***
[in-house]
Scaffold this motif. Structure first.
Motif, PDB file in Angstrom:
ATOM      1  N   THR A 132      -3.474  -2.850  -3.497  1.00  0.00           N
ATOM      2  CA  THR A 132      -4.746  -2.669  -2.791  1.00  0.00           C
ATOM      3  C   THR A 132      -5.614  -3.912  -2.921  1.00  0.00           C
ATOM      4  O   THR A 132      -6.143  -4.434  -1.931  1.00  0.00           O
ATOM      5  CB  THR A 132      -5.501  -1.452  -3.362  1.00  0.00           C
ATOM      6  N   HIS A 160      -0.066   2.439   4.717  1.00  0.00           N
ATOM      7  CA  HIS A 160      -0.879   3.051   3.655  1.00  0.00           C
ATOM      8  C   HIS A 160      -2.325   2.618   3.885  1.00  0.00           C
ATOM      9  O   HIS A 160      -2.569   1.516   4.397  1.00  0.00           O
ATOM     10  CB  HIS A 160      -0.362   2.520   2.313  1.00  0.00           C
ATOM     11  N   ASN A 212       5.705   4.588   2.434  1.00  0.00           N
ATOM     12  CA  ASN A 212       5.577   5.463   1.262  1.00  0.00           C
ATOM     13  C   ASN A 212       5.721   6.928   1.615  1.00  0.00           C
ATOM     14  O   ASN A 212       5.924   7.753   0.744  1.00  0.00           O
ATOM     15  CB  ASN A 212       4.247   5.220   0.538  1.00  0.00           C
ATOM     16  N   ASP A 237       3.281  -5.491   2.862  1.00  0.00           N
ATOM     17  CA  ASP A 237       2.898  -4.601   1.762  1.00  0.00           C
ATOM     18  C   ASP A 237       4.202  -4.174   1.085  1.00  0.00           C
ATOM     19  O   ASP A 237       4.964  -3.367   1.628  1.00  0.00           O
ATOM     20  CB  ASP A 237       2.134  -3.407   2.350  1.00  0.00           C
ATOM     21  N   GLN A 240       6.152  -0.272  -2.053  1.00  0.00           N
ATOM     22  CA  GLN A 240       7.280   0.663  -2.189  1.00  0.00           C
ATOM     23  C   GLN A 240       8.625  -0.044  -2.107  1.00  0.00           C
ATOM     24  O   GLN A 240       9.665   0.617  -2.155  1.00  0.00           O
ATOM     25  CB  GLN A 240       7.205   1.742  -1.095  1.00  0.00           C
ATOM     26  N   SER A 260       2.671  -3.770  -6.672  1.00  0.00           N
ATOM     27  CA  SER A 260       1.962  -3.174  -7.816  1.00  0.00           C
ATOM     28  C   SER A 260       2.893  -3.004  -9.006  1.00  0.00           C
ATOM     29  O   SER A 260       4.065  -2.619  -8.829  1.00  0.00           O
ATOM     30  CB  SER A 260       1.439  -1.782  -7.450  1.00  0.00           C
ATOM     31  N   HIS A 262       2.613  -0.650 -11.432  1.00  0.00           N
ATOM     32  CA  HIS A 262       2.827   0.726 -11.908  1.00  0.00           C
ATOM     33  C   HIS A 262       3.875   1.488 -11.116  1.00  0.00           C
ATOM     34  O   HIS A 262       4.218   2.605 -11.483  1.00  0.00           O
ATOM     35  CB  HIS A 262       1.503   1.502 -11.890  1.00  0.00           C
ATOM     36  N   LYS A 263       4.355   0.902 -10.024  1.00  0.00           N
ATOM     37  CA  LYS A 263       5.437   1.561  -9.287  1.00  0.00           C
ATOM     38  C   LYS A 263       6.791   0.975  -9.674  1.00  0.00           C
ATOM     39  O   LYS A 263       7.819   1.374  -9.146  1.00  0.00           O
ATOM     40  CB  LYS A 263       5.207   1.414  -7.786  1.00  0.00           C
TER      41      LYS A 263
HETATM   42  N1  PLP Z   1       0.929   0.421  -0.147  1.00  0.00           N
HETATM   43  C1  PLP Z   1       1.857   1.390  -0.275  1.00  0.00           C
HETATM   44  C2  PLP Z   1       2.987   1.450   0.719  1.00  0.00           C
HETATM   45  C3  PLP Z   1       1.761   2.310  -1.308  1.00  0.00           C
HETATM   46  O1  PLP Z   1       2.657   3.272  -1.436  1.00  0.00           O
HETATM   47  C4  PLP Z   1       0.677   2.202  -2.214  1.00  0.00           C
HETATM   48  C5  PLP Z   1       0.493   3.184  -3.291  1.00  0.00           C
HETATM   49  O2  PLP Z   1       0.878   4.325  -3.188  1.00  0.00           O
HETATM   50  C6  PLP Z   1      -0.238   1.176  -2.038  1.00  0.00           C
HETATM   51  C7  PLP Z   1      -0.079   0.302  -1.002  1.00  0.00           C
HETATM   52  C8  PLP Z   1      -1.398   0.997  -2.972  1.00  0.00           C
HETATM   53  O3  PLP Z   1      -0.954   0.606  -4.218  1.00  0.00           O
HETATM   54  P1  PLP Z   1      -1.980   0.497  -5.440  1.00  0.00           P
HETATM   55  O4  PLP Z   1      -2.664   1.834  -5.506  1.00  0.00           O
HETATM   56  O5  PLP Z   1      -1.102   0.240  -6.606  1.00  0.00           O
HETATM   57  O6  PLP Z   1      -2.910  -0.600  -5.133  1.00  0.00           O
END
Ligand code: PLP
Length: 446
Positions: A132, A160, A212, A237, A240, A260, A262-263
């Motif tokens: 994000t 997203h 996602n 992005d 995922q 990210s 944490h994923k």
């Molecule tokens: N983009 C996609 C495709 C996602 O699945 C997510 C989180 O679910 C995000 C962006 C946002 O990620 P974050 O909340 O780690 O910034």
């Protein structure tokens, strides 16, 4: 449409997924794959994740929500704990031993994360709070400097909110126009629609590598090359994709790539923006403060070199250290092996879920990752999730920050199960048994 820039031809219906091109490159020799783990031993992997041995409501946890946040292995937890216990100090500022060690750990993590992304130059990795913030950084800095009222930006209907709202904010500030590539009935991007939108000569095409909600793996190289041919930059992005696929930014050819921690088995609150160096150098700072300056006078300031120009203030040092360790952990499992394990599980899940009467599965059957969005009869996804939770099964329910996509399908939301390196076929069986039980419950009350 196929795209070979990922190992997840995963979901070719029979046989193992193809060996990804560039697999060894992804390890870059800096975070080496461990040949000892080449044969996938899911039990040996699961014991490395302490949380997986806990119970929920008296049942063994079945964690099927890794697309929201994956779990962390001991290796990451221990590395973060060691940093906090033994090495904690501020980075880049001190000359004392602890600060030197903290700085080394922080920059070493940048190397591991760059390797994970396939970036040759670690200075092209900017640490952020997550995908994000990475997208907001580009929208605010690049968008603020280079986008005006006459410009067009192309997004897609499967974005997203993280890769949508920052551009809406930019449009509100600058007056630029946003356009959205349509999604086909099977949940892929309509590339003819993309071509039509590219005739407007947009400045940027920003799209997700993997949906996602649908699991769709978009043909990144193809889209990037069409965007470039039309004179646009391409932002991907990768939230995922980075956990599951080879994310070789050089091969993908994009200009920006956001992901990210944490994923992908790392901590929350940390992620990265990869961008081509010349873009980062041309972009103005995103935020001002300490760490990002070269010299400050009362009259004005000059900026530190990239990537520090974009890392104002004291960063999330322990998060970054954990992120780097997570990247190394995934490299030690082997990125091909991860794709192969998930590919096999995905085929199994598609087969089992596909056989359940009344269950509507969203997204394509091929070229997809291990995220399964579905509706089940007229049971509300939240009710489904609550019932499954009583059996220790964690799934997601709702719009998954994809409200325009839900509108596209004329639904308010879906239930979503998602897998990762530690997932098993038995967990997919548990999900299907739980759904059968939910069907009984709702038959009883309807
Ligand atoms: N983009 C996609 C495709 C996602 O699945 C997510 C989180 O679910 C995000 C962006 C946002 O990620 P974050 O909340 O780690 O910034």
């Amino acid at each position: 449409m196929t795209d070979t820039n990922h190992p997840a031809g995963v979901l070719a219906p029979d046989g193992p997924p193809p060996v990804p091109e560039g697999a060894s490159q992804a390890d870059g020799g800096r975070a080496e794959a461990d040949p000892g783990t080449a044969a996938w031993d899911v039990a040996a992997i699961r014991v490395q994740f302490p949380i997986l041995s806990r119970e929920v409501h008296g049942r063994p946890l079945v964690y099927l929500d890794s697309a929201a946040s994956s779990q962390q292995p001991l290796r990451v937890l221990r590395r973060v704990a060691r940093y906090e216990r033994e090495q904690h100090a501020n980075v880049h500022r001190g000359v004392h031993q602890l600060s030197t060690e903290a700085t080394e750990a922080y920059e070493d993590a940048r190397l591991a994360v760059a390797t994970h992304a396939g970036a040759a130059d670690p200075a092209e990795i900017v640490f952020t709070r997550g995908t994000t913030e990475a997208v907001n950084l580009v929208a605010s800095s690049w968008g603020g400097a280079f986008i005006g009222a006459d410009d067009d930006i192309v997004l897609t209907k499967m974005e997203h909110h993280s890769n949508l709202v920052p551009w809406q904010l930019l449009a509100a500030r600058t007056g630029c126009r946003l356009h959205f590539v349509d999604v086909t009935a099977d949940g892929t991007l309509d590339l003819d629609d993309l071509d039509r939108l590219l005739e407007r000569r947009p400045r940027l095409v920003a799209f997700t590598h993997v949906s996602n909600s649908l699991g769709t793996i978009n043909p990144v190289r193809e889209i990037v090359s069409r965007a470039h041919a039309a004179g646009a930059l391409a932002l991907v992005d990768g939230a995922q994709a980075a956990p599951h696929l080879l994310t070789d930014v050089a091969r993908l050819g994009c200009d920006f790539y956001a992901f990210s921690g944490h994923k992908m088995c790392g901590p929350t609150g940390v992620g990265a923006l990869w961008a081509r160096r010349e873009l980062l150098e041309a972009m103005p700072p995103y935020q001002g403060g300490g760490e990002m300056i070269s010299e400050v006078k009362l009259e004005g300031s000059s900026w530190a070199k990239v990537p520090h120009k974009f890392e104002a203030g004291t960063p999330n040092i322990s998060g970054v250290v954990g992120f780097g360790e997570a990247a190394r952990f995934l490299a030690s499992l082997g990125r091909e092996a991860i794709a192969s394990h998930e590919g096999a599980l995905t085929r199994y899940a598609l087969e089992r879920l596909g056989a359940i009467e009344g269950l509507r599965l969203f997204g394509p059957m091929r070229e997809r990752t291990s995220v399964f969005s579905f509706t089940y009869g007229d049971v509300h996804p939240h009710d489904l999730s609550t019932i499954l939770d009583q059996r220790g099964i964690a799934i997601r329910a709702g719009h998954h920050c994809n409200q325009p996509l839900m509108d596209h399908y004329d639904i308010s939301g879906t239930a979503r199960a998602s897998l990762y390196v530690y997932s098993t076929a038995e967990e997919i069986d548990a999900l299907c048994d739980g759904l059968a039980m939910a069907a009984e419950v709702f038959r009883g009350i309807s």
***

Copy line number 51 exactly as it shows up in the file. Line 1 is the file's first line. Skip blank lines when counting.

HETATM   48  C5  PLP Z   1       0.493   3.184  -3.291  1.00  0.00           C